Garden & Nature Series: Observing and Recording Wildlife in Your Neighborhood

On Sept. 22, 2021, from 6-7:30 p.m., Hermann Park Conservancy will host a presentation by Jaime Gonzalez of The Nature Conservancy, who will discuss new technology and affordable tools that make it easy to learn about the wildlife of your neighborhood. You can even record wildlife species you find in your yard, local parks, and other places in your neighborhood, and contribute to science using smartphone apps. The talk will be held at the Family Garden in the McGovern Centennial Gardens. For more information, visit hermannpark.org.

Photographing Prairies for Maximum Impact

On Sept. 22, 2021, beginning at 7 p.m., the Houston chapter of the Native Prairie Association of Texas will hold a virtual meeting featuring a presentation by professional nature and conservation photographer Sean Fitzgerald, who will describe how to photograph prairies for maximum impact. Attendees will learn valuable tips to take better photos but also how to better incorporate them into the stories you want to tell and the messages you want to communicate. Register for the meeting at zoom.us.

Mercer Botanic Gardens Bird Survey

On Sept. 23, 2021, from 8-10 a.m., Mercer Botanic Gardens will host a birdwatching survey on the riparian forest trails along the Cypress Creek flyway. Led by longtime birder Paul Gregg and Mercer staff member Christy Jones, this monthly bird survey is suited for birders of all levels and experience. Wear comfortable walking shoes and weather-appropriate clothing. Participants must be 12 or older. Children must be accompanied by a parent or guardian. For more information and to register, visit the Facebook event.

Virtual Lunch and Learn: Healthy Outdoor Communities

On Sept. 23, 2021, from noon-1 p.m., the Houston Parks Board will present a program featuring Activation and Volunteer Manager Kelly Burnett, who will discuss HPB’s participation in the Healthy Outdoor Communities, a collaborative approach to improve mental well-being and combat health disparities in areas of need in Houston. Over the course of five years, HPB is working with Nature and Eclectic Outdoors (NEO), Texas A&M School of Public Health, local outdoor and health nonprofits, and community members, on programmatic solutions to systemic barriers to park access and health inequities. For more information and to register, visit houstonparksboard.org.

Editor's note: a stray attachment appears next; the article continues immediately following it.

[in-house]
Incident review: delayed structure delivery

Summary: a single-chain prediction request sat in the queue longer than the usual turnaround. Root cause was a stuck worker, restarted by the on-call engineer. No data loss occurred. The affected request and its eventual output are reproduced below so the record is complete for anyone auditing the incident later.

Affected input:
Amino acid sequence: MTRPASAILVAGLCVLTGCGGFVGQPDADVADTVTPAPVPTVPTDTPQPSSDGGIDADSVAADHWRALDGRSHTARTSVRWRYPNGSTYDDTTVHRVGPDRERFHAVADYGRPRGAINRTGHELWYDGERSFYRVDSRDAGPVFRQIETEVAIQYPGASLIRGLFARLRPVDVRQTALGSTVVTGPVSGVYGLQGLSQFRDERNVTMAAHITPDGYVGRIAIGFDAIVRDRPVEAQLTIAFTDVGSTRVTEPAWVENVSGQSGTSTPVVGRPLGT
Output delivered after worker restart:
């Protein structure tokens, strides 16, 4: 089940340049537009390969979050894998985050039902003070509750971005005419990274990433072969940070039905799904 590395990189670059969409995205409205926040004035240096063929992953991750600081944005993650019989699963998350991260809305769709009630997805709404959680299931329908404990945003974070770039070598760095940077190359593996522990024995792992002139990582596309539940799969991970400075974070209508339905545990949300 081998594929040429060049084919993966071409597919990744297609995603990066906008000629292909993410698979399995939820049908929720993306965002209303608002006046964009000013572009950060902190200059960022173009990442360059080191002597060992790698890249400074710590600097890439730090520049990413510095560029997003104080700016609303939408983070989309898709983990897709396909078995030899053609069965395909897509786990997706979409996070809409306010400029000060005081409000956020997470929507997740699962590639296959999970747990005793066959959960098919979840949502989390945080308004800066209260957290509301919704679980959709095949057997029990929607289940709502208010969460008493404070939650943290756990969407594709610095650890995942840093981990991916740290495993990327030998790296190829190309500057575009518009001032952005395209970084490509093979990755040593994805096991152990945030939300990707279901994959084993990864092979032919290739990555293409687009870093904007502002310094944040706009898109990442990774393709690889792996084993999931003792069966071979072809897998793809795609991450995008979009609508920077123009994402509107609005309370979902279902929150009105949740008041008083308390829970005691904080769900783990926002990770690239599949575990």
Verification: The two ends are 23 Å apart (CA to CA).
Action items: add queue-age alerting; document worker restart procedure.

Mercer Botanic Gardens Volunteer Orientation

On Sept. 23, 2021, from 6-7 p.m., Mercer Botanic Gardens will hold an orientation for prospective volunteers. Mercer Botanic Gardens offers a variety of volunteer opportunities at three facilities. The orientation will provide an overview of these opportunities, from helping maintain gardens, to plant propagation and sales, to educational programs and the Mercer Ambassadors. This orientation will be off site at the Timber Lane Community Center, 1904 Naplechase Crest Drive in Spring. Participants must be 16 or older or 12-15 if accompanied by a parent or guardian. Registration is required, as space is limited. Register online at hcp4.net.

USGS Annual Groundwater Table Data: How Are We Doing?

On Sept. 23, 2021, from 7-8:30 p.m., The Woodlands G.R.E.E.N will present a Going Green Lecture featuring Jason Ramage of the United States Geological Survey (USGS), who will discuss 2021 regional water-level altitudes in the Gulf Coast Aquifer system for the
Houston-Galveston region, including Montgomery County. In addition, Ramage will discuss short- and longterm changes in water-levels as well as subsidence, as measured by extensometers across the region. For more information and to register, visit thewoodlandsgreen.org.

2022 Texas Environmental Excellence Awards applications open until Sept. 24